If Edwin Land were alive today (he died in 1991), he would no doubt be amused that we use our phones to take pictures. But he probably wouldn’t be surprised. After all, the inventor and cofounder of Polaroid imagined a future very much like today. As Christopher Bonanos, author of Instant: The Story of Polaroid, reveals in a Wall Street Journal adaptation:
“We are still a long way,” [Land] said, “from the … camera that would be, oh, like the telephone: something that you use all day long … a camera which you would use not on the occasion of parties only, or of trips only, or when your grandchildren came to see you, but a camera that you would use as often as your pencil or your eyeglasses.” It was going to be “something that was always with you,” he said; and it would be effortless. Point, shoot, see. Nothing mechanical would come between you and the image you wanted. The gesture would be as simple as—and here he demonstrated it, reaching into his coat—taking a wallet out of your breast pocket, holding it up and pressing a button.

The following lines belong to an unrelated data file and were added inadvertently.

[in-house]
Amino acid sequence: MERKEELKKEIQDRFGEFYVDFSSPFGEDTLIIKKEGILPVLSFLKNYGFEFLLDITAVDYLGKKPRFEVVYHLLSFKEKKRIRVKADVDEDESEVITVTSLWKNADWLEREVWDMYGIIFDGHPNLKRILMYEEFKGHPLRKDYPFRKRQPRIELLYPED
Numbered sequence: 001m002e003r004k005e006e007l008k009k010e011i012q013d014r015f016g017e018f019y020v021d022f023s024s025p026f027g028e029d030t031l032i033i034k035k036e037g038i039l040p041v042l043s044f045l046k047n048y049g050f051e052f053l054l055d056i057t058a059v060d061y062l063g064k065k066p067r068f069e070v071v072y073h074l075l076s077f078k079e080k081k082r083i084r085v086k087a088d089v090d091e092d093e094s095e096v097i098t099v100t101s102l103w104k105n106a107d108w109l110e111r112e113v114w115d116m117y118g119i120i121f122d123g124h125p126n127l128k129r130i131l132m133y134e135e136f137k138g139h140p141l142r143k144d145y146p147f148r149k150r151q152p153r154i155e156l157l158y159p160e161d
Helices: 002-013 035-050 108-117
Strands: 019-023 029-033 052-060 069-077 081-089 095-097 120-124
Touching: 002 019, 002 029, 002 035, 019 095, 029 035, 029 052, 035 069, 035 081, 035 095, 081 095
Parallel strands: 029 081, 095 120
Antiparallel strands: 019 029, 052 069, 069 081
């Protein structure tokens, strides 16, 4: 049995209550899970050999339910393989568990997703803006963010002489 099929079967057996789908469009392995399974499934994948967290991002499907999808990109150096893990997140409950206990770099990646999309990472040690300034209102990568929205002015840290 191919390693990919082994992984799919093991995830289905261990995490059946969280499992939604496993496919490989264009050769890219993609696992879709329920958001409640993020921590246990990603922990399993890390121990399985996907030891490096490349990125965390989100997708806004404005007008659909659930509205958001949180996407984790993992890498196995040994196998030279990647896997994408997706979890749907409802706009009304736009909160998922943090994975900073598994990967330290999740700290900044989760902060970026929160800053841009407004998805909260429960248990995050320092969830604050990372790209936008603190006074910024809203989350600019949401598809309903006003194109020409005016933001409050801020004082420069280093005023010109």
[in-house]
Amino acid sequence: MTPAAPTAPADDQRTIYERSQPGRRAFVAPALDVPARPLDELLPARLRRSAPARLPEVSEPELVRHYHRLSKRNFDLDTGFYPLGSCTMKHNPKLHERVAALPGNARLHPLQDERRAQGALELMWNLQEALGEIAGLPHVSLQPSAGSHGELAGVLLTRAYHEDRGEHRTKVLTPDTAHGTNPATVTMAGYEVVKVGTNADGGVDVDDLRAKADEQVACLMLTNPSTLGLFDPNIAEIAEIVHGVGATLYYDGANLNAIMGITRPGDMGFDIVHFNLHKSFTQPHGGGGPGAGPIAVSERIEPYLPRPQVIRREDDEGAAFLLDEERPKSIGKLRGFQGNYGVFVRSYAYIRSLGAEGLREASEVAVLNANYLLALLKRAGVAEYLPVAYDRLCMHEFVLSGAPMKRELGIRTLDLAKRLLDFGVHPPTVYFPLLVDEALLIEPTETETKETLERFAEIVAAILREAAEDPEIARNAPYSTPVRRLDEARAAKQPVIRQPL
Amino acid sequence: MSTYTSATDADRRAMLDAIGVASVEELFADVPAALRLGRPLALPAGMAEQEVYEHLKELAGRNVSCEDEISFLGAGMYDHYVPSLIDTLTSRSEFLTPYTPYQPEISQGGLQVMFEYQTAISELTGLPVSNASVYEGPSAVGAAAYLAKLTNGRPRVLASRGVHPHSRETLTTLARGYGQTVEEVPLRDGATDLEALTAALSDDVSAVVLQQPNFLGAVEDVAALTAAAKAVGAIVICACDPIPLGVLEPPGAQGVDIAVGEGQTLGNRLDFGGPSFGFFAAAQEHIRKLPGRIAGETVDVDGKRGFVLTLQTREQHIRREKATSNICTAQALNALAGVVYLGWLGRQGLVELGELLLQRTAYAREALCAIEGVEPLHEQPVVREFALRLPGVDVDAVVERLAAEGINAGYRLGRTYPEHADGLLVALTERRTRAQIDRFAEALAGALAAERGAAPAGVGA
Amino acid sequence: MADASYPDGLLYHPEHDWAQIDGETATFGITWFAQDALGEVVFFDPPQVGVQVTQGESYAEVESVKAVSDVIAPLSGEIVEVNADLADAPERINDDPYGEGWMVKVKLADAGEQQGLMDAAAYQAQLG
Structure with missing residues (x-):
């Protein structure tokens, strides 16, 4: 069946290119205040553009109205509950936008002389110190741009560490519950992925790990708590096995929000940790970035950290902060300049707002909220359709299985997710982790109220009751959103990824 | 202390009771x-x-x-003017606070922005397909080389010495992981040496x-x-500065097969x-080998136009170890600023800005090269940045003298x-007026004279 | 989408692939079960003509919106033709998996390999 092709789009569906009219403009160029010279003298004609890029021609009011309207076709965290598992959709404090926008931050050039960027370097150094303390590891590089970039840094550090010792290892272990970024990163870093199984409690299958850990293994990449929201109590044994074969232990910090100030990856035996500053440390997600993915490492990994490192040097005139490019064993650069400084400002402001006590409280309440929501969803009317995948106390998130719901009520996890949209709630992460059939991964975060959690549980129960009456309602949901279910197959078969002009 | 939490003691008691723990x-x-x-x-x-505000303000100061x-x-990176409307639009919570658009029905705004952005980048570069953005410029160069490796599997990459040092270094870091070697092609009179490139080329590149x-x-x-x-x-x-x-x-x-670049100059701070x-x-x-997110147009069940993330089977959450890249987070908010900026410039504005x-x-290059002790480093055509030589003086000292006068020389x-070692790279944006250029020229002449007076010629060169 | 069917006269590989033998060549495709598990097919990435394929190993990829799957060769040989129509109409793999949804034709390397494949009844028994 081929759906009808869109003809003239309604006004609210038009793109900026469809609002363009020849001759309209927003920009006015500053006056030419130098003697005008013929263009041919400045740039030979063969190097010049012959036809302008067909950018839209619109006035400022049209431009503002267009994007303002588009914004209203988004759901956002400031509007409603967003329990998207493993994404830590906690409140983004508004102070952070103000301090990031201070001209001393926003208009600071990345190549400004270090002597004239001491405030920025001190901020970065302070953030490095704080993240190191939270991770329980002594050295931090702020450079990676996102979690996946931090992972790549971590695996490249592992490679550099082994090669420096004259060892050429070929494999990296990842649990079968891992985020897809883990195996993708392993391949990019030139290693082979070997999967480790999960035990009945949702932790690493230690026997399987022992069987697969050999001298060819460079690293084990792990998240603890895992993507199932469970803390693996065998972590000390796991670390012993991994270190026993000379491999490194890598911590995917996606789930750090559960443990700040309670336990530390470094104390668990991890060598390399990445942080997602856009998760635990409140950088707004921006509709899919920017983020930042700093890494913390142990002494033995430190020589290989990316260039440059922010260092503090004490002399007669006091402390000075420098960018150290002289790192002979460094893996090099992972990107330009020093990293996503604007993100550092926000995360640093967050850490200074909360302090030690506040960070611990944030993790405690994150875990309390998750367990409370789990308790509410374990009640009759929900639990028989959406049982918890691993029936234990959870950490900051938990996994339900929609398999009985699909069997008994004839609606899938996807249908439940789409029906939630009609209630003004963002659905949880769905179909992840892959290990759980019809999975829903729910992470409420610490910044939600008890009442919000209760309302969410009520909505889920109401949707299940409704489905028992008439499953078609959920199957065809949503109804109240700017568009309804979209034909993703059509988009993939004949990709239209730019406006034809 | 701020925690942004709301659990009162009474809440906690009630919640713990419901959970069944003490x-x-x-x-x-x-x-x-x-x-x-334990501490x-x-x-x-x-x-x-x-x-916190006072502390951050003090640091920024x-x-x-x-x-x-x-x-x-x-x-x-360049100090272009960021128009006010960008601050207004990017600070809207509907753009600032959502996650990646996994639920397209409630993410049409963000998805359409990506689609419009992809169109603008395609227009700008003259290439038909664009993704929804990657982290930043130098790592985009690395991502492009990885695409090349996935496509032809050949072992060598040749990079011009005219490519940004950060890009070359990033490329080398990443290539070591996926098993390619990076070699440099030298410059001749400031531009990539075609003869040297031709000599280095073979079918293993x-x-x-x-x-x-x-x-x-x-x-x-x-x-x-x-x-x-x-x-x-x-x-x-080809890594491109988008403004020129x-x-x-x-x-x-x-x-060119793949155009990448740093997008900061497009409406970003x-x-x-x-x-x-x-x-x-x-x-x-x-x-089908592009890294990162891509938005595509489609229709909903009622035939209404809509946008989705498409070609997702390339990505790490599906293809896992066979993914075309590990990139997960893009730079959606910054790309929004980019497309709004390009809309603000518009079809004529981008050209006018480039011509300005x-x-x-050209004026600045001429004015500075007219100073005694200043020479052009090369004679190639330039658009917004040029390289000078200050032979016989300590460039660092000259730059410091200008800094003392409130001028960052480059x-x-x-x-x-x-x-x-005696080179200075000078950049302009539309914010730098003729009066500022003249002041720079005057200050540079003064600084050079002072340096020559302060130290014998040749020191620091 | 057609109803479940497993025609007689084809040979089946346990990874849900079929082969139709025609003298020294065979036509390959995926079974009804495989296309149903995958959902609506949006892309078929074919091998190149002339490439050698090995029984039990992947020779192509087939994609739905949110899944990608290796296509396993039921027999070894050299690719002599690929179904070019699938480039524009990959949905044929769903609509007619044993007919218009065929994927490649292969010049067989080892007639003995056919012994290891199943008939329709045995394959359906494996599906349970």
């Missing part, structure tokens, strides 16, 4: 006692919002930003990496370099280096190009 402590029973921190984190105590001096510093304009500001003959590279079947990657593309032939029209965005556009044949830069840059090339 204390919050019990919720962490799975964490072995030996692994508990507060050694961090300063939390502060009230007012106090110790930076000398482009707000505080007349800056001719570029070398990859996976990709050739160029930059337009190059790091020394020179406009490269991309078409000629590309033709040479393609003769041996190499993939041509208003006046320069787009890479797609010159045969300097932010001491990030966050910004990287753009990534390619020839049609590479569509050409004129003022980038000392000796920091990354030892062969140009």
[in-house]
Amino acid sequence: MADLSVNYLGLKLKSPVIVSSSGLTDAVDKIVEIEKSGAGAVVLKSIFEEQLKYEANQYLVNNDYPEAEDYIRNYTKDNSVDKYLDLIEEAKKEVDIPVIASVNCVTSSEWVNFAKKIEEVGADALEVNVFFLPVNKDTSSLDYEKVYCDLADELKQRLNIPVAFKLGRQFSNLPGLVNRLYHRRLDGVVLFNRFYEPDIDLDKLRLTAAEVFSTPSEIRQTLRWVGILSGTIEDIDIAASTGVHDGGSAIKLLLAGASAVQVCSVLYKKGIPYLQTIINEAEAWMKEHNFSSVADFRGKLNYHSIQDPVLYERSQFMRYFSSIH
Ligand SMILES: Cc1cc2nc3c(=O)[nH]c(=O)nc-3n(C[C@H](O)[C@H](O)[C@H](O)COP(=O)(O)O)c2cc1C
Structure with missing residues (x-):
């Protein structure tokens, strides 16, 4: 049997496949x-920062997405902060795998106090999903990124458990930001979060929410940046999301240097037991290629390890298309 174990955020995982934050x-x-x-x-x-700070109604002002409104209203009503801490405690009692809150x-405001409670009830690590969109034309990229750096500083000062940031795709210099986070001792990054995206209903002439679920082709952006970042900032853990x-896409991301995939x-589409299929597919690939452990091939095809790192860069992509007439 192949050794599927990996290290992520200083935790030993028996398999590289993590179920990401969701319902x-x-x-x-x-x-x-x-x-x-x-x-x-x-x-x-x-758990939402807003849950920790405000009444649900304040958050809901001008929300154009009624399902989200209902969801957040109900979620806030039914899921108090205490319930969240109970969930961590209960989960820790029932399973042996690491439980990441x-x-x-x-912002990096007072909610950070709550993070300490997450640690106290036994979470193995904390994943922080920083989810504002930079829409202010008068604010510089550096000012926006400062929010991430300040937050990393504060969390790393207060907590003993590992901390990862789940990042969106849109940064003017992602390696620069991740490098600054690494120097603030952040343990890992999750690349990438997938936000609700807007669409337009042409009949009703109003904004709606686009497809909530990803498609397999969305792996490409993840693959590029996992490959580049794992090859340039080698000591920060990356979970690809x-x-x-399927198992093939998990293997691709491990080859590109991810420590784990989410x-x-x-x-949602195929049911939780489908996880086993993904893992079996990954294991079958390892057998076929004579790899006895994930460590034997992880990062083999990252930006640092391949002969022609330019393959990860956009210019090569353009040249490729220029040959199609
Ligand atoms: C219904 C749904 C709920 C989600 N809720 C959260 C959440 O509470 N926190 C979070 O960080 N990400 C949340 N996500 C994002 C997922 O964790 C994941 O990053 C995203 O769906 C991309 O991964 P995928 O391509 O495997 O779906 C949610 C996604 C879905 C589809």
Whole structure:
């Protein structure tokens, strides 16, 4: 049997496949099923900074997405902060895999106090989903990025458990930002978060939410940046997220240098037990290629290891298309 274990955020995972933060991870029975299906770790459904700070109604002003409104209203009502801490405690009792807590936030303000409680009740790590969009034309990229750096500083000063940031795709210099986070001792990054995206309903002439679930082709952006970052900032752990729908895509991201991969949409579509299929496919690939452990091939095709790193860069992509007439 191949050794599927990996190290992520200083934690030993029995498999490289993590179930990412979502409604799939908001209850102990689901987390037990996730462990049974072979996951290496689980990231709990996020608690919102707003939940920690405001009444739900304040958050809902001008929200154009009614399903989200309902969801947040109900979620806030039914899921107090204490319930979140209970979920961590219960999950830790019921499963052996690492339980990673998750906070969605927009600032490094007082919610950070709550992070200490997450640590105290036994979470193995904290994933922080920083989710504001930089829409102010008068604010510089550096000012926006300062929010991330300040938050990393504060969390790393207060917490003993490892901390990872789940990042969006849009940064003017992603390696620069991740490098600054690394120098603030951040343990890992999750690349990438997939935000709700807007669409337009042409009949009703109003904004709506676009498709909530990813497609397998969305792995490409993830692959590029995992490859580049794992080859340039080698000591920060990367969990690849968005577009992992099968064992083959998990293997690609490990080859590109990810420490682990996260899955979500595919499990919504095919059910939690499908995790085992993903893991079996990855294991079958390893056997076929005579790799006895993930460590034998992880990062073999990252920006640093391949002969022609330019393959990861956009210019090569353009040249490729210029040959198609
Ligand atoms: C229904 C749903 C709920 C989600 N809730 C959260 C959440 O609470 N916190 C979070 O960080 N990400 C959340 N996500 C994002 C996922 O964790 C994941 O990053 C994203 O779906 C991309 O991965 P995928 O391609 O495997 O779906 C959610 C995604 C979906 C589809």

Land was explaining this to a camera crew in 1970. His invention not only changed when we took photos but how many photos we took: “The first batch of cameras, expected to meet consumer demand for weeks, sold out in hours,” Bonanos writes. “By the 1970s, when Polaroid introduced the SX-70 camera and became an ubiquitous part of the American landscape, a new breed of amateur photographer was shooting a billion photos a year.”
Photo of SX-70 by Martin Taylor